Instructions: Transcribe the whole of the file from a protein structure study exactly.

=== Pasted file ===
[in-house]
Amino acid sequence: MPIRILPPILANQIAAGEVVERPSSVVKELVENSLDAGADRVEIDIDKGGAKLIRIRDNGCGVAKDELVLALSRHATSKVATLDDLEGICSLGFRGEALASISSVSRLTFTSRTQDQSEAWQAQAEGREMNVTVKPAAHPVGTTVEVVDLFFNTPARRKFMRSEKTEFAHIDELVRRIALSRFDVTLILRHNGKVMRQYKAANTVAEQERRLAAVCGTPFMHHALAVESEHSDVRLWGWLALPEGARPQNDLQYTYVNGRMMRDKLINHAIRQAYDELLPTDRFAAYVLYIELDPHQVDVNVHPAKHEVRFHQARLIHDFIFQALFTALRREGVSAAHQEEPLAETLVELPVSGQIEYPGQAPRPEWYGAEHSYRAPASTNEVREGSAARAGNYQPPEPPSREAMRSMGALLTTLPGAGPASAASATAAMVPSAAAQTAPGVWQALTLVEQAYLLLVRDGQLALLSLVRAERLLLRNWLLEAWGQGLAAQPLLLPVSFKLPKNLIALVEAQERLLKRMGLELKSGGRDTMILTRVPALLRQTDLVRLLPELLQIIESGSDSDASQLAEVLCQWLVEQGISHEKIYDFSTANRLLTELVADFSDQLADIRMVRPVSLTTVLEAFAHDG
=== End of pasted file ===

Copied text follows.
[in-house]
Amino acid sequence: MPIRILPPILANQIAAGEVVERPSSVVKELVENSLDAGADRVEIDIDKGGAKLIRIRDNGCGVAKDELVLALSRHATSKVATLDDLEGICSLGFRGEALASISSVSRLTFTSRTQDQSEAWQAQAEGREMNVTVKPAAHPVGTTVEVVDLFFNTPARRKFMRSEKTEFAHIDELVRRIALSRFDVTLILRHNGKVMRQYKAANTVAEQERRLAAVCGTPFMHHALAVESEHSDVRLWGWLALPEGARPQNDLQYTYVNGRMMRDKLINHAIRQAYDELLPTDRFAAYVLYIELDPHQVDVNVHPAKHEVRFHQARLIHDFIFQALFTALRREGVSAAHQEEPLAETLVELPVSGQIEYPGQAPRPEWYGAEHSYRAPASTNEVREGSAARAGNYQPPEPPSREAMRSMGALLTTLPGAGPASAASATAAMVPSAAAQTAPGVWQALTLVEQAYLLLVRDGQLALLSLVRAERLLLRNWLLEAWGQGLAAQPLLLPVSFKLPKNLIALVEAQERLLKRMGLELKSGGRDTMILTRVPALLRQTDLVRLLPELLQIIESGSDSDASQLAEVLCQWLVEQGISHEKIYDFSTANRLLTELVADFSDQLADIRMVRPVSLTTVLEAFAHDG